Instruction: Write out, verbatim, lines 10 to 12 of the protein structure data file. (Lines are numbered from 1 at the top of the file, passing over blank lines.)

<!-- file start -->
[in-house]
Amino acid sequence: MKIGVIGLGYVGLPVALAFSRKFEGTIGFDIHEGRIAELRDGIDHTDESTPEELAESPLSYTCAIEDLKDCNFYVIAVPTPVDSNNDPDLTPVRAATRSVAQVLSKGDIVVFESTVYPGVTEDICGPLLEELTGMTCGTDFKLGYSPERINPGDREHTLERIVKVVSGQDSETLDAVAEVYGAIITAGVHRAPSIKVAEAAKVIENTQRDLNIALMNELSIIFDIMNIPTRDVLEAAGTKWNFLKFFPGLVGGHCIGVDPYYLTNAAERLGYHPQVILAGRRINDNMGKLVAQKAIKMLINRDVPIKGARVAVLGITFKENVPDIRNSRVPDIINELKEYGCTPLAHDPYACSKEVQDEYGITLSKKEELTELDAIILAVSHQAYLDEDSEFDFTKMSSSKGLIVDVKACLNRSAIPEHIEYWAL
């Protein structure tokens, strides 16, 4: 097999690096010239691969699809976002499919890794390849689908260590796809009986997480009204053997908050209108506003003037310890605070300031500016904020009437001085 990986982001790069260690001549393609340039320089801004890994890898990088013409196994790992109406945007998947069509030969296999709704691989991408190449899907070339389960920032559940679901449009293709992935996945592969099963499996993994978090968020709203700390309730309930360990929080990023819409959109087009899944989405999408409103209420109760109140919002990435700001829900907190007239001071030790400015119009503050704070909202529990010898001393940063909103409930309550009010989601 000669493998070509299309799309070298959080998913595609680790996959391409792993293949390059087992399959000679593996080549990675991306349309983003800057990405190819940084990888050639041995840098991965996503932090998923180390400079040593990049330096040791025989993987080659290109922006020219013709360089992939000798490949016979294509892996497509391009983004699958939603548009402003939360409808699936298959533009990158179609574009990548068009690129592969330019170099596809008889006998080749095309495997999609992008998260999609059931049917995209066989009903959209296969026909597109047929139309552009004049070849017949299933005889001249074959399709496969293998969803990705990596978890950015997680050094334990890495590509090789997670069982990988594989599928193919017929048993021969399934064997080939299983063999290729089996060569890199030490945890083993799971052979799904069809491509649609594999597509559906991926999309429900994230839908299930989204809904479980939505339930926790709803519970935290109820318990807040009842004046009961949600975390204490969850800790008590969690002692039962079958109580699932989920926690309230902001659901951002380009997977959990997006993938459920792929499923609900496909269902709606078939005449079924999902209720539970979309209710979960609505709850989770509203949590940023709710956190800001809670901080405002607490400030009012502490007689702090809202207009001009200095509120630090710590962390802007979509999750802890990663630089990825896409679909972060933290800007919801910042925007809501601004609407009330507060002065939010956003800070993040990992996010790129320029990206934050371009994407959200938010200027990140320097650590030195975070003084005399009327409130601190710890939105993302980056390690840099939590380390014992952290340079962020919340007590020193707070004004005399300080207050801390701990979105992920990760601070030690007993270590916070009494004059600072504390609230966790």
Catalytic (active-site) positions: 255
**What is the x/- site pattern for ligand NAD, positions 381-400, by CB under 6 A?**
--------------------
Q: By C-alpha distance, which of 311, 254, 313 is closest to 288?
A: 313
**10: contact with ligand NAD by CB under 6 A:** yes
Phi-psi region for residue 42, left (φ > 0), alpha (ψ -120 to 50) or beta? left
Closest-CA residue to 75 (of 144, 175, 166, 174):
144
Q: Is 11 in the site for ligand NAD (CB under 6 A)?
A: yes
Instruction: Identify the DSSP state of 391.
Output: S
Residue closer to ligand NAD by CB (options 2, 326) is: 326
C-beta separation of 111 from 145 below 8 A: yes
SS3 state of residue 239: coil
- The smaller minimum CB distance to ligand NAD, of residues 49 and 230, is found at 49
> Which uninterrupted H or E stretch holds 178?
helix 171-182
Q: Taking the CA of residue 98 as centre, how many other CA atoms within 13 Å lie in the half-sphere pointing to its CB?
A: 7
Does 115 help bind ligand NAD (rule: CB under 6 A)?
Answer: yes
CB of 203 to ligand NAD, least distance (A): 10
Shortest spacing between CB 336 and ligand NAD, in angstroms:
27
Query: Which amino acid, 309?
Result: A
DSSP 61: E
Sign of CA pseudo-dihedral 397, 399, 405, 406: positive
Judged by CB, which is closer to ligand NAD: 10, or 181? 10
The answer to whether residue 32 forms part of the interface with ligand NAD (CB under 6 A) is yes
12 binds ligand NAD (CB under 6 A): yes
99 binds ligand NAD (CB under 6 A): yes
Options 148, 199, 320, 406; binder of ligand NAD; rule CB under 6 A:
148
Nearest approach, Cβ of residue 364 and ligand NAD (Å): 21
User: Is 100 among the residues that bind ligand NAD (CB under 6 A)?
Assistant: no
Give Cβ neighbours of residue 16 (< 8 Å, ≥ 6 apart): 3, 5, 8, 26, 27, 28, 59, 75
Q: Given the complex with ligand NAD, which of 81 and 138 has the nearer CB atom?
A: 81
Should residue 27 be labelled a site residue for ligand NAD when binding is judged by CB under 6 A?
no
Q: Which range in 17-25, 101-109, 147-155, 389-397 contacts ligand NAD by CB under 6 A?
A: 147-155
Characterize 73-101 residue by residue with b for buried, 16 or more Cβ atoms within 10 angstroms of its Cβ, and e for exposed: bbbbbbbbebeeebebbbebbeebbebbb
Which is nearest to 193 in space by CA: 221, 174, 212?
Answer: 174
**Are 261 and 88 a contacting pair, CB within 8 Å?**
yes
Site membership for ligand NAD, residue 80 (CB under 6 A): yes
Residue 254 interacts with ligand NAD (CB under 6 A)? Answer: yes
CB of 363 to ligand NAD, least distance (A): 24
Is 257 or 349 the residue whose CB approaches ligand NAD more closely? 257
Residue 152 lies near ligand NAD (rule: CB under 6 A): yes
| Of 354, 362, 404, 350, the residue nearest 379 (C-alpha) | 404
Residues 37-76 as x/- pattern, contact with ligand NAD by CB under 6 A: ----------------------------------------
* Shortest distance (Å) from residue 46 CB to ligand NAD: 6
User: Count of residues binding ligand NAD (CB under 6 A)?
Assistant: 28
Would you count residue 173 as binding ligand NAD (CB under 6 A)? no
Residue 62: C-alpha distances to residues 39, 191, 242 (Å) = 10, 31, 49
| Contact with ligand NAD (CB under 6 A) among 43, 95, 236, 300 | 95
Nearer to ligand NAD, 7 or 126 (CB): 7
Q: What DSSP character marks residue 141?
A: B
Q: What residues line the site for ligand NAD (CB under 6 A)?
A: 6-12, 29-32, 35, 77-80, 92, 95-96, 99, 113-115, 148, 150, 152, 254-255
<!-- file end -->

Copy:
Phi-psi region for residue 42, left (φ > 0), alpha (ψ -120 to 50) or beta? left
Closest-CA residue to 75 (of 144, 175, 166, 174):
144